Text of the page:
1) Hyundai i20N
We’ve already driven the prototype of Hyundai’s first junior hot hatch, and we liked it plenty. If there’s any car that has a chance of challenging the sublime Ford Fiesta ST for super-shopping car medals, it’s South Korea’s pocket rocket.
The recipe: 201hp, a manual gearbox, 0-100kph in 6.7sec, and more modes than you can shake a red pinstripe at. Yum.
2) BMW M3 / M4 Competition
Are you used to the grille yet? We’ve stopped fainting, though the headaches continue. But now the initial shock of the hot 3-Series’s beavery snout has subsided, we can start to pick over techy questions.
How will the heartland M car feel with four-wheel drive? Is BMW’s decision to fit an automatic gearbox—not a manual or even a DCT—a mistake? And at 1,730kg, is the new 503hp M3 a little paunchy? Yep, there’s a lot more to argue over with this pair than just the uber-nostrils.
3) Aston Martin Valkyrie
At long last, Aston Martin’s Formula 1 car for the road lands on a street probably not very near you in 2021 AD.
Awkwardly, the collaboration with Red Bull Racing—with aero-telligence from the mind of F1 brain Adrian Newey—has taken so long to arrive that Aston Martin and Red Bull have split up in F1, with the British marque ending its title sponsorship of the energy-drink power rangers and becoming an F1 outfit in its own right, thanks to a canny rebranding of Lawrence Stroll’s Racing Point team.
Anyway, save the politics for question time. The notion of a naturally aspirated 10,000rpm V12 pushing along a 1,000kg capsule of downforce is still as mouthwatering as it was back in mid-2016, and it’s high time we found out if this thing really can manage F1-spec lap times while wearing a number plate.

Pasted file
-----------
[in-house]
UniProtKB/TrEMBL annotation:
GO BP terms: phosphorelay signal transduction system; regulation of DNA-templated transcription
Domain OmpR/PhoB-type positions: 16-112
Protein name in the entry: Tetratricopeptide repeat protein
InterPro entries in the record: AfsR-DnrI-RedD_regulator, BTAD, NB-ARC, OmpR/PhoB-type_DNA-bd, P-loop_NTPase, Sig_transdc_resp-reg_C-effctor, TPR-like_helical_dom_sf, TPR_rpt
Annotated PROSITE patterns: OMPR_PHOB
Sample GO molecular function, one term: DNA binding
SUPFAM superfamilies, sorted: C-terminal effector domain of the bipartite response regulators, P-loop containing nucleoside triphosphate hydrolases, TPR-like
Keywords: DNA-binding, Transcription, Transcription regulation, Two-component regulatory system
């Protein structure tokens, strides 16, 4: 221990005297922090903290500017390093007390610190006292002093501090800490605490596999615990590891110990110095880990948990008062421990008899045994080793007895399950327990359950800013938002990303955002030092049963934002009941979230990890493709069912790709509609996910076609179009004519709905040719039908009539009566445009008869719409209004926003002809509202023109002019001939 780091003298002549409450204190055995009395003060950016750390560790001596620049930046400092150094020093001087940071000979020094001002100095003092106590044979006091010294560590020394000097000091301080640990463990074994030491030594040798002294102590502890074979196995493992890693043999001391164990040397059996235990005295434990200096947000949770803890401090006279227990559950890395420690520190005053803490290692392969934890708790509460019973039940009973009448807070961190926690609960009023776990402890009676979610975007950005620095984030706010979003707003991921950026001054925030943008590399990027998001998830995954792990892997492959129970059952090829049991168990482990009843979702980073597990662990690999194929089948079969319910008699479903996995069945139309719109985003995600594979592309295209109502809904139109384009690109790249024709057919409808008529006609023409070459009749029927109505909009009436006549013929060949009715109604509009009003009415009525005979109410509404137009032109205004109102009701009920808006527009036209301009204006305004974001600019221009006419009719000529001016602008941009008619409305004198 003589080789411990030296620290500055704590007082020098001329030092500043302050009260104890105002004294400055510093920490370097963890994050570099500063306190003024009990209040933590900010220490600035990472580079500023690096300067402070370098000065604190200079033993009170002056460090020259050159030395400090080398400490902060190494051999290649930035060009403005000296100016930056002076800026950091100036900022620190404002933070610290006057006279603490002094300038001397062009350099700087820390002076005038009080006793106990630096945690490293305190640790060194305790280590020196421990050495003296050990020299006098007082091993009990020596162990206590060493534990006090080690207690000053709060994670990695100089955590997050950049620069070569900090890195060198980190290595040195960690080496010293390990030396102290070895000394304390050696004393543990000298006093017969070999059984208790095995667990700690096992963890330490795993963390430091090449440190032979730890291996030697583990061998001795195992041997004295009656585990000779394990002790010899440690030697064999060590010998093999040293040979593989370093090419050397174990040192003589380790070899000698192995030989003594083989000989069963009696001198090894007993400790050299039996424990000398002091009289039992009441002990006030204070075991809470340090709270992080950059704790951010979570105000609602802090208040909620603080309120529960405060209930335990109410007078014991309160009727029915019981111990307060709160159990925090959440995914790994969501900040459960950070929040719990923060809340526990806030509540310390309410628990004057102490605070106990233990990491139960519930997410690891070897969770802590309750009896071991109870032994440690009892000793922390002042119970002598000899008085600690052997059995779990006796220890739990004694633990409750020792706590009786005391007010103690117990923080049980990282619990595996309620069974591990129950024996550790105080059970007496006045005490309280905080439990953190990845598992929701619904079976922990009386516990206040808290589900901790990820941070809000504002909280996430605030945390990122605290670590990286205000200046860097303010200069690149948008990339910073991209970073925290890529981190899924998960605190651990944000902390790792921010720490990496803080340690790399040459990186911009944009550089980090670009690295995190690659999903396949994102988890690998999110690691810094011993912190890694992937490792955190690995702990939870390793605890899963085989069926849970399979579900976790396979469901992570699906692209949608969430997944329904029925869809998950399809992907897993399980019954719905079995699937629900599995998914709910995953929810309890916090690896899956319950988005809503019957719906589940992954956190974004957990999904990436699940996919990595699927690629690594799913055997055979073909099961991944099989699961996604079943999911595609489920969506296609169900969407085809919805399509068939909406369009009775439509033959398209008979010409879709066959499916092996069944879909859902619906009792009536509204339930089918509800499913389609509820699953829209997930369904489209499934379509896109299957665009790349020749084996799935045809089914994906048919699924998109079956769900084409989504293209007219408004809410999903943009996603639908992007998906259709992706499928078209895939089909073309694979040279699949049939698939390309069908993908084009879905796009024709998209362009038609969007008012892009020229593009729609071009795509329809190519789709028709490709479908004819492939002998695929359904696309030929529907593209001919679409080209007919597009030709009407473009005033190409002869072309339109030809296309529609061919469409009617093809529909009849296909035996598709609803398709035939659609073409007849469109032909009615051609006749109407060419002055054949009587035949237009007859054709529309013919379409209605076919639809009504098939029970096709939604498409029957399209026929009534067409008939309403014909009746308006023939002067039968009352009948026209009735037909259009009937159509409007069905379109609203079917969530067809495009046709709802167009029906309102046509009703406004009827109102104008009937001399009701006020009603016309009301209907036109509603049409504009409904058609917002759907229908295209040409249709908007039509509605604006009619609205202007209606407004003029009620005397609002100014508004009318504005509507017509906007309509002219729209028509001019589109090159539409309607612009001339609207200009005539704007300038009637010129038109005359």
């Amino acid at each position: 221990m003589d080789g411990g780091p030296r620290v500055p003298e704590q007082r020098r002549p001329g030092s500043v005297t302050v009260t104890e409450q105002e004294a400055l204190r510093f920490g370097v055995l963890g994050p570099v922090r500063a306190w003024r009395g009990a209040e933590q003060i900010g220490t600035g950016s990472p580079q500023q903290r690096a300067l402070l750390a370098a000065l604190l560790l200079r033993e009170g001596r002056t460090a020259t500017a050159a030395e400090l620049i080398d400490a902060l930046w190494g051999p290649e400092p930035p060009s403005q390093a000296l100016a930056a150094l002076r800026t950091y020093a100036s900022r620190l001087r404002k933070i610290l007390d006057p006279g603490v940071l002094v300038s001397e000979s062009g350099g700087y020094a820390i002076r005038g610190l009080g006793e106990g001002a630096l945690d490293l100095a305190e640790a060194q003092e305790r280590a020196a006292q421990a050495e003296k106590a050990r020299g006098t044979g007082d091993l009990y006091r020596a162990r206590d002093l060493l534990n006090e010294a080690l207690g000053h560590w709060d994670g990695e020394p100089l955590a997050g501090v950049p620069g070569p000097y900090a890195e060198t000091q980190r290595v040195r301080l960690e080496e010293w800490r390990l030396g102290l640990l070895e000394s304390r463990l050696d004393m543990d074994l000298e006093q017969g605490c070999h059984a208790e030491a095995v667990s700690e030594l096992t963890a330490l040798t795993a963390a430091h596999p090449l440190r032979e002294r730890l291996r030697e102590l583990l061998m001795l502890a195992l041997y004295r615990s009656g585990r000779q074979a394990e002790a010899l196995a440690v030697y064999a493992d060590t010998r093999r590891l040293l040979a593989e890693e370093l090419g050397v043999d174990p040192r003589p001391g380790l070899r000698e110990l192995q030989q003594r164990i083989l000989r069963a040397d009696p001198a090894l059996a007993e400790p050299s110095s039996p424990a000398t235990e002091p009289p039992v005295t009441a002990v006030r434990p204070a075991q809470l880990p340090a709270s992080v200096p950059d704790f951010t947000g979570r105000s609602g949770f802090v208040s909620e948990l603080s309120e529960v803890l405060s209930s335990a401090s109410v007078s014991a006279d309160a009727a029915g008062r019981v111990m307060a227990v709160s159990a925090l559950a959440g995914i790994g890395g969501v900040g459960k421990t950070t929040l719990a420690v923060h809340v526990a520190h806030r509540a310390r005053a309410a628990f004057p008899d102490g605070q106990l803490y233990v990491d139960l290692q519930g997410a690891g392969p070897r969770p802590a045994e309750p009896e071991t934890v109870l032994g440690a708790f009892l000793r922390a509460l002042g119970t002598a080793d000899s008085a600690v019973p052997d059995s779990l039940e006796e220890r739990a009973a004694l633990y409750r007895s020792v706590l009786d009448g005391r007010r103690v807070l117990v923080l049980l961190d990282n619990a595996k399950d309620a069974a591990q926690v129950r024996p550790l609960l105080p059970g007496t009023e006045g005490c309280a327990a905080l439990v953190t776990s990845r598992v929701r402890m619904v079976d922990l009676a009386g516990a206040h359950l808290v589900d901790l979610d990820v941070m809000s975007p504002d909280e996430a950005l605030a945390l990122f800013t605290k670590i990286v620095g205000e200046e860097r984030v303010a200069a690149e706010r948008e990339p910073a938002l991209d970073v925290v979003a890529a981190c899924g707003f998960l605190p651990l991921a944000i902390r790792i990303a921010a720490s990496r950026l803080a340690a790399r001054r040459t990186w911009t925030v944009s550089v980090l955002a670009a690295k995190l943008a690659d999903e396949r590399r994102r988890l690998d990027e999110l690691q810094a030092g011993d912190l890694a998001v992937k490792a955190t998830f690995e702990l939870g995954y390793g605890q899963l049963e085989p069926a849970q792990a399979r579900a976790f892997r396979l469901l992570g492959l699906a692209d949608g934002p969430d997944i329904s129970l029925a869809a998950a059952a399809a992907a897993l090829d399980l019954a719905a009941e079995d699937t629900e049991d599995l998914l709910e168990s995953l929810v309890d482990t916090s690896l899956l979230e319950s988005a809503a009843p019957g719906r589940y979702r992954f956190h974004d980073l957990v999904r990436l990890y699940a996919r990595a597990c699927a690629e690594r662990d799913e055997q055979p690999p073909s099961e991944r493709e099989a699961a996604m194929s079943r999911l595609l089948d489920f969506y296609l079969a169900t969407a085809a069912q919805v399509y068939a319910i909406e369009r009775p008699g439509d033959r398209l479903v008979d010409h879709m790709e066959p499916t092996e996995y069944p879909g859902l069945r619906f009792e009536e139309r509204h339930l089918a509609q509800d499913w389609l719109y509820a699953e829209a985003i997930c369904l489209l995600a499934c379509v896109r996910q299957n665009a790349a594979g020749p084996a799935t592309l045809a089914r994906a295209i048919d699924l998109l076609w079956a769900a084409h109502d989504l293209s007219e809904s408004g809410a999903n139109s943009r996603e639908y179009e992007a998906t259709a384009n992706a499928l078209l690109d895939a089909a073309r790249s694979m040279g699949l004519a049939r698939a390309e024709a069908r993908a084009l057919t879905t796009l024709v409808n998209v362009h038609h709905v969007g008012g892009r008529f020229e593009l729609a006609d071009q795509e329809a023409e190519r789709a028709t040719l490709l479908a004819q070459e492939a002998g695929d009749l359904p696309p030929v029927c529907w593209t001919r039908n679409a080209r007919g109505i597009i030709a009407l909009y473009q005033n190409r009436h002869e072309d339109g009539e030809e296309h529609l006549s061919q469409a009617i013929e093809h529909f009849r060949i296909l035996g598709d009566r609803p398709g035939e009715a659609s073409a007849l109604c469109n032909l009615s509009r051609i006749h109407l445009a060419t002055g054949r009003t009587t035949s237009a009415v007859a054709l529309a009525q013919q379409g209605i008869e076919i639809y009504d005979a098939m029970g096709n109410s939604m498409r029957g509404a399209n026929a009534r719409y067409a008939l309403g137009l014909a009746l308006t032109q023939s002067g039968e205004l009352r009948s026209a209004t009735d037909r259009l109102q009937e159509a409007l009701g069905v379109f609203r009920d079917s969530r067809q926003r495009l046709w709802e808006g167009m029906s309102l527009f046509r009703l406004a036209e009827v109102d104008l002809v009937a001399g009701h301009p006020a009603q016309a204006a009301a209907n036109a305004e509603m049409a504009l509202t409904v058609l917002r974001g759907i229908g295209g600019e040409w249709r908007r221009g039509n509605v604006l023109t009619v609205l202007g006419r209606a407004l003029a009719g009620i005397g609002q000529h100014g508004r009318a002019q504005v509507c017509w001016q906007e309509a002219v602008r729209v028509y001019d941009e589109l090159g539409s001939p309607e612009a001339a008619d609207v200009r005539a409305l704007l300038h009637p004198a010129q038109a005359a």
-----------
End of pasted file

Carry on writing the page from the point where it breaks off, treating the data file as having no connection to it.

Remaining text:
4) Mercedes-AMG One
See, you wait a really, really long time for a delayed street-legal F1 car, and two come along at once. The chances, eh?
AMG’s hyper-flagship, powered by the 1.6-liter turbo V6 hybrid powertrain shaken down in the 2016 Formula 1 championship-winning Mercedes racer, should make production in 2021. After vaulting numerous engineering hurdles, the engineers are busy testing the One on Merc’s private proving ground, and a Nürburgring lap time is supposedly on the horizon. Place your bets.
In the meantime, AMG’s boss has left to join Aston Martin, the world’s hypercars have gotten faster still, and electric contenders have entered the fray. Some will say this thing is no longer relevant. An expensive folly, or the celebration Hamilton and company’s monumental sporting prowess deserves? We’re reserving judgement until the One’s combined 1,000hp+ rearranges our face.
5) Tesla Cybertruck/Model S Plaid/Semi...
As ever, one year closes with many, many new Tesla products promised. The angular Cybertruck is still slated for production in late 2021, while the Roadster supercar was initially due to be delivered next year, but has been pushed back another 12 months at least.
The Model S Plaid—a 830km+ tri-motor saloon good for over 320kph—is mooted for 2021, while the production-spec Semi truck’s arrival time also appears a tad sketchy. If Tesla can pull it off, the Internet may actually melt.
6) Audi RS e-tron GT